Lovers of 'dinky', masters of 'vast'

The Victorians
May 26, 2000

In his new anthology, Valentine Cunningham reminds readers of the Victorians' sentimental passion for the "dinky" - toys, children, fairies, even "miniature" moments of domesticity. But dinky is hardly the word to characterise the paradoxical complexity that is Victorian poetry: voluminous in output; generically diverse; technically both derivative and experimental; nostalgic and proto-modernist; cheerily positive and stoically morose; both radical and conservative. Cunningham's text admirably succeeds in conveying this vastness with its competing voices, styles, moods and themes.

The anthology is the most extensive to date, with some 158 named poets (both canonical and popular) together with additional entries ranging from street ballads to keynote essays on the nature of art and the function of poetry. This range ensures its value as a core text for undergraduate and postgraduate courses on Victorian poetry. Users will appreciate its inclusion of complete long poems and sequences such as In Memoriam, Maud, The Wreck of the Deutschland and The Dream of Gerontius . Cunningham also provides an excellent range of Victorian poetesses. Generic variety is a feature of any good anthology of the period. But this anthology is particularly welcome for its diversity of authors: regional and dialect poets, urban sophisticates, working-class writers, the polished "greats", hymn writers, supporters of empire, the Langham Place feminists, even minor poets (such as Digby Dolben) remembered mainly for their connections to major poetic talents.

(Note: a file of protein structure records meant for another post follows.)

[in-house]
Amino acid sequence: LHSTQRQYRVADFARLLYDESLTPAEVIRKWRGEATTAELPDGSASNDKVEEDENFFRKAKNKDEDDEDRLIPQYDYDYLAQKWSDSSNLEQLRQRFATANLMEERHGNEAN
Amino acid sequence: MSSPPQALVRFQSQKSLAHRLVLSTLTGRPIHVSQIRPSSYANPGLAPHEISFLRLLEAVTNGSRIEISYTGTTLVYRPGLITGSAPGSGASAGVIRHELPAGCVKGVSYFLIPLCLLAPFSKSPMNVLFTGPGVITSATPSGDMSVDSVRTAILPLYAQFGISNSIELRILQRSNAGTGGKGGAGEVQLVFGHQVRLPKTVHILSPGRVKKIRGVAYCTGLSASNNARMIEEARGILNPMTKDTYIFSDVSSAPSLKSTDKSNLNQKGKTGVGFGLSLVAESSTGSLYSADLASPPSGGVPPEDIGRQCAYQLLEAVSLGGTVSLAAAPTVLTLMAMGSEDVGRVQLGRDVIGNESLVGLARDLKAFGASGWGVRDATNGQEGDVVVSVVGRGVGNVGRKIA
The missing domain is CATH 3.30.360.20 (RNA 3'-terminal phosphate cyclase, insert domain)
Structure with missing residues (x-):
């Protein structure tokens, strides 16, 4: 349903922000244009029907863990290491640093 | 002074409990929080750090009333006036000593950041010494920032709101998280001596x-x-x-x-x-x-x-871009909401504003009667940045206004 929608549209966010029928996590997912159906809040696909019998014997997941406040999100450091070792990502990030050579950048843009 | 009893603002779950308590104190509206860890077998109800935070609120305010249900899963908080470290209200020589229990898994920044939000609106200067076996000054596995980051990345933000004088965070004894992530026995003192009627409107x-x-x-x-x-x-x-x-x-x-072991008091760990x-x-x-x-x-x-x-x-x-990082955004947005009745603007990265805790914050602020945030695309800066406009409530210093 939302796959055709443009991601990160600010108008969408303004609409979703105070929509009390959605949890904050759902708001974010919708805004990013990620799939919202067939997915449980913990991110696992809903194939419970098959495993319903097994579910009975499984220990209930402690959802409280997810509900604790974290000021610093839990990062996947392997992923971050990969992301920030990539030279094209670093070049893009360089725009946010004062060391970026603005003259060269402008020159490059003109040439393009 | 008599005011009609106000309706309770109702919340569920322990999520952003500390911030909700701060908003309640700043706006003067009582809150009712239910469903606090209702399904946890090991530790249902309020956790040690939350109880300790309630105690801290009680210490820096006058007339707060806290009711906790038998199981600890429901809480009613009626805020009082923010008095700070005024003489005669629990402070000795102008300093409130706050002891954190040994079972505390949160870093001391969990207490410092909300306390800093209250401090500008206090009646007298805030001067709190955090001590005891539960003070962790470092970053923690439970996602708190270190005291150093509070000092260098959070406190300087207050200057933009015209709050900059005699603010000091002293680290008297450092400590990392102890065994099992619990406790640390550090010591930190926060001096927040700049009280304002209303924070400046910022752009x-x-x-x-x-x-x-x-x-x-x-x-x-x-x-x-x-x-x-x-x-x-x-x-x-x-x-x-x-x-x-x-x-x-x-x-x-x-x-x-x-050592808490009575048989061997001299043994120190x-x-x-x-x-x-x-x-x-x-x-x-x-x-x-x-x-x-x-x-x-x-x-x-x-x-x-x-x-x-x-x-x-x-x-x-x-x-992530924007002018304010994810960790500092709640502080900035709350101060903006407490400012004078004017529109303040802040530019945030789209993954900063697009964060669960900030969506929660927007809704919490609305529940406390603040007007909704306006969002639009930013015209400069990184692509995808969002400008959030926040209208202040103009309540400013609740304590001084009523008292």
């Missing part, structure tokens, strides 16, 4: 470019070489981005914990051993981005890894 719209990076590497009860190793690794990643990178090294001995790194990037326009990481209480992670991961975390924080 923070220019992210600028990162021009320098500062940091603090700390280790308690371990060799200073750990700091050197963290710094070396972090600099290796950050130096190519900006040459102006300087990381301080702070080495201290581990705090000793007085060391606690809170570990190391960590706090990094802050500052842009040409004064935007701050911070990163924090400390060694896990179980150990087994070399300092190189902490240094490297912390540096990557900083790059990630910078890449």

Cunningham's elegant, cogent introduction gives shape to the volume, explaining its construction of Victorianism. He argues persuasively that certain preoccupations inflect Victorian poetry: a fascination with the nature of the "real" and its place (healthy or otherwise) in art; a concern with the self as it both makes the world and is constructed by it; anxieties about bodily erotics and the conflict between flesh and spirit. For Cunningham, the Christian orientation of Victorian society is particularly important for understanding its imaginative output, and he thus gives more recognition than is usual these days to devotional writing as well as to poems of doubt and even aggressive disbelief. The succinct, sharp biographical and contextual headnotes for each author, detailed lists for further reading, and spare but helpful annotations support a text that will make for informed, stimulating and pleasurable reading for scholars, students and the general enthusiast.

Maureen Moran is professor of English, Brunel University.

The Victorians: An Anthology of Poetry and Poetics. First Edition

Editor - Valentine Cunningham
ISBN - 0 631 19915 2 and 19916 0
Publisher - Blackwell
Price - £70.00 and £16.99
Pages - 1,152

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